A Virginia state judge ruled yesterday that a college student from Fredericksburg serving a 20-year prison sentence for a cocaine conviction was being imprisoned unlawfully and ordered him freed pending resentencing next month.

Attorneys from Alexandria who represented Robert W. Gibson, 27, argued that he should be released because a state police officer had not informed the court that he knew a key figure in the drug sale that led to Gibson's arrest and was aware he was a police informant.

Gibson, who has been in jail for a year and a half, contended that the informant had pressured him into involvement in the crime--the sale in 1980 of a pound of cocaine in a Bristol, Va., motel room for $28,000.

During a trial in Bristol, the Virginia State Police undercover officer to whom the sale was made testified he had never met the informant before the sale, according to one of Gibson's lawyers, John Zwerling.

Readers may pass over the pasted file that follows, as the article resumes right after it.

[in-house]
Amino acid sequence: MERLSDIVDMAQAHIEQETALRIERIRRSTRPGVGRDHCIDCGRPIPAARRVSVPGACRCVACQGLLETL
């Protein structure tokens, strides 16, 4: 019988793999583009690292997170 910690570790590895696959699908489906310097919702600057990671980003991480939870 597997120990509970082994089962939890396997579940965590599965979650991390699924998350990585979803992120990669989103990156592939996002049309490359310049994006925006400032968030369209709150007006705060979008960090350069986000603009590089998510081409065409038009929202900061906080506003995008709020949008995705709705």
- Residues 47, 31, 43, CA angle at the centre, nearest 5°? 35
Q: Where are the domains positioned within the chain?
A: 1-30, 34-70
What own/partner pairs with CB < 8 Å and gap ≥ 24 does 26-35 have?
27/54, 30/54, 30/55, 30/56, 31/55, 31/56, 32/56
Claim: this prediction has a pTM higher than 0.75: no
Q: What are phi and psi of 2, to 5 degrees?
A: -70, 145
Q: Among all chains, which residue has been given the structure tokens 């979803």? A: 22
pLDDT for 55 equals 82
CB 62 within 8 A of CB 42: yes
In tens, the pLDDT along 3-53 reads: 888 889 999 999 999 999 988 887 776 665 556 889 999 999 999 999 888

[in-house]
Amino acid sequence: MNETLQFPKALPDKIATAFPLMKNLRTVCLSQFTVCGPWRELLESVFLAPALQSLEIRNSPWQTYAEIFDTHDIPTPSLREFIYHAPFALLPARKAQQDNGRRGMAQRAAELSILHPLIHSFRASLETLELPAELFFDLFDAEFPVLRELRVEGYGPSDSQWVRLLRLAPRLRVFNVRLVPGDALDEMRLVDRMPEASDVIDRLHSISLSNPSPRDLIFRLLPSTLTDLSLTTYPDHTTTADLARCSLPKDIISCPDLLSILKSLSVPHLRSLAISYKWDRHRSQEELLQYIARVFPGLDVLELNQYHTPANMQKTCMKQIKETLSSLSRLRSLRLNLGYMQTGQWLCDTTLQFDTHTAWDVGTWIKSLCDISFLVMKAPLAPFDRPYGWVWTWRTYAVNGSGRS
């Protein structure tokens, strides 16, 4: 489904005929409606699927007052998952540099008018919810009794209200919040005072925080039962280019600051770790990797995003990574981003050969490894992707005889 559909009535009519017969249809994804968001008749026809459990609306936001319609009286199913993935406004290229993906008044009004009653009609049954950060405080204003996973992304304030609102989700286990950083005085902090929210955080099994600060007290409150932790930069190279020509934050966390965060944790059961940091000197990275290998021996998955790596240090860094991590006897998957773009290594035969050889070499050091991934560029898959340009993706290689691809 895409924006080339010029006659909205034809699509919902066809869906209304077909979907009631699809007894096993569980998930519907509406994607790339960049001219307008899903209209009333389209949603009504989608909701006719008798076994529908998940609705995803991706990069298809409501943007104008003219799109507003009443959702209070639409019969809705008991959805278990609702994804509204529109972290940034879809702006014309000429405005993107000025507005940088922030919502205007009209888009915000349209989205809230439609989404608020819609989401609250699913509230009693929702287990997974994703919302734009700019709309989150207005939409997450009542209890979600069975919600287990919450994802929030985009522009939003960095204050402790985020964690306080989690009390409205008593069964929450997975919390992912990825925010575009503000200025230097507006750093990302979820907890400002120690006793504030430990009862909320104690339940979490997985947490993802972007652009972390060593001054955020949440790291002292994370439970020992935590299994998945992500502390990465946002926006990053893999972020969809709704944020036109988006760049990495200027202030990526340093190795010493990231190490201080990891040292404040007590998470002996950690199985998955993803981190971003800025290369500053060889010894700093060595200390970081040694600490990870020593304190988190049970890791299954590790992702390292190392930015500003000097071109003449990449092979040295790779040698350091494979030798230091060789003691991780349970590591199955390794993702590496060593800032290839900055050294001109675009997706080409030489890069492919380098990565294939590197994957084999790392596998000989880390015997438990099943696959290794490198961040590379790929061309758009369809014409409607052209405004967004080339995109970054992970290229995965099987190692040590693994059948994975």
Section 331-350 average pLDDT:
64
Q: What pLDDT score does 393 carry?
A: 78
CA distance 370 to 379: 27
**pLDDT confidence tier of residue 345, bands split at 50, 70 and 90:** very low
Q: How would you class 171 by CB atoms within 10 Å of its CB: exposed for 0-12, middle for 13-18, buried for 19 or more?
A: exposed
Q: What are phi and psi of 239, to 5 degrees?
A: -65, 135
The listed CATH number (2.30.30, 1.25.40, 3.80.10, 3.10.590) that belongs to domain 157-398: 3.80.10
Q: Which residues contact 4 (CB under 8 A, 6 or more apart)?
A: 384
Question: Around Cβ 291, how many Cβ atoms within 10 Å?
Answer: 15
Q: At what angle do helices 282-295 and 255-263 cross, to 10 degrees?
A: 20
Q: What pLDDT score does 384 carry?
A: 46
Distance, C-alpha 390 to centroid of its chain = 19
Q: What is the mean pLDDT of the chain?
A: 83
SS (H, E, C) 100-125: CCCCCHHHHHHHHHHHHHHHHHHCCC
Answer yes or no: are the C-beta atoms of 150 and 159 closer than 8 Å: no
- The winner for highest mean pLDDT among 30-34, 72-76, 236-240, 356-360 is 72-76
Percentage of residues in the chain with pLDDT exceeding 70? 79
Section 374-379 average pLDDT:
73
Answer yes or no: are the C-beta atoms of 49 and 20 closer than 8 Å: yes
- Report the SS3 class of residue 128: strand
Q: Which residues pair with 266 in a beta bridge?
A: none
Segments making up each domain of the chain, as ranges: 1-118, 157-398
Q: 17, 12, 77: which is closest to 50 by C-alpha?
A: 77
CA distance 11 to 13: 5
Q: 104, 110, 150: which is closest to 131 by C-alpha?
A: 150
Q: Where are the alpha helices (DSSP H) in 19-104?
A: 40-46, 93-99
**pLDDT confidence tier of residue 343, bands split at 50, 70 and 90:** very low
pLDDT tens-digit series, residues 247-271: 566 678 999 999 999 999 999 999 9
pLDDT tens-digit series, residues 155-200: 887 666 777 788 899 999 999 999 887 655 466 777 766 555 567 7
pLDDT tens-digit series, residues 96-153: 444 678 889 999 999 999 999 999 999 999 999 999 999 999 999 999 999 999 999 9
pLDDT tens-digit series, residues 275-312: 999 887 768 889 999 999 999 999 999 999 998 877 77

Zwerling said the informant, identified as William Wright, disappeared after the cocaine sale but was recently located. Wright, who testified at the hearing in Bristol yesterday, has said the officer arrested him before the sale on another charge and knew he had agreed to work for the police.

Wright was arrested in California two months ago and extradited to Virginia to testify at yesterday's proceedings, Zwerling said.

After the testimony, Circuit Court Judge Charles B. Flannagan freed Gibson on $10,000 bond. He is to be resentenced at a hearing scheduled for Aug. 25.

Formerly a student at East Tennessee State University, Gibson was convicted of possession of cocaine with intent to distribute. He was initially sentenced to 30 years in prison, but the term was later reduced to 20 years last summer.

His attorneys contended that though he was present at the sale, he did not handle the drug or profit from its sale. He agreed to introduce Wright to an alleged cocaine dealer, they said, because Wright often showed up at his house armed and was a "dangerous and very unpredictable person."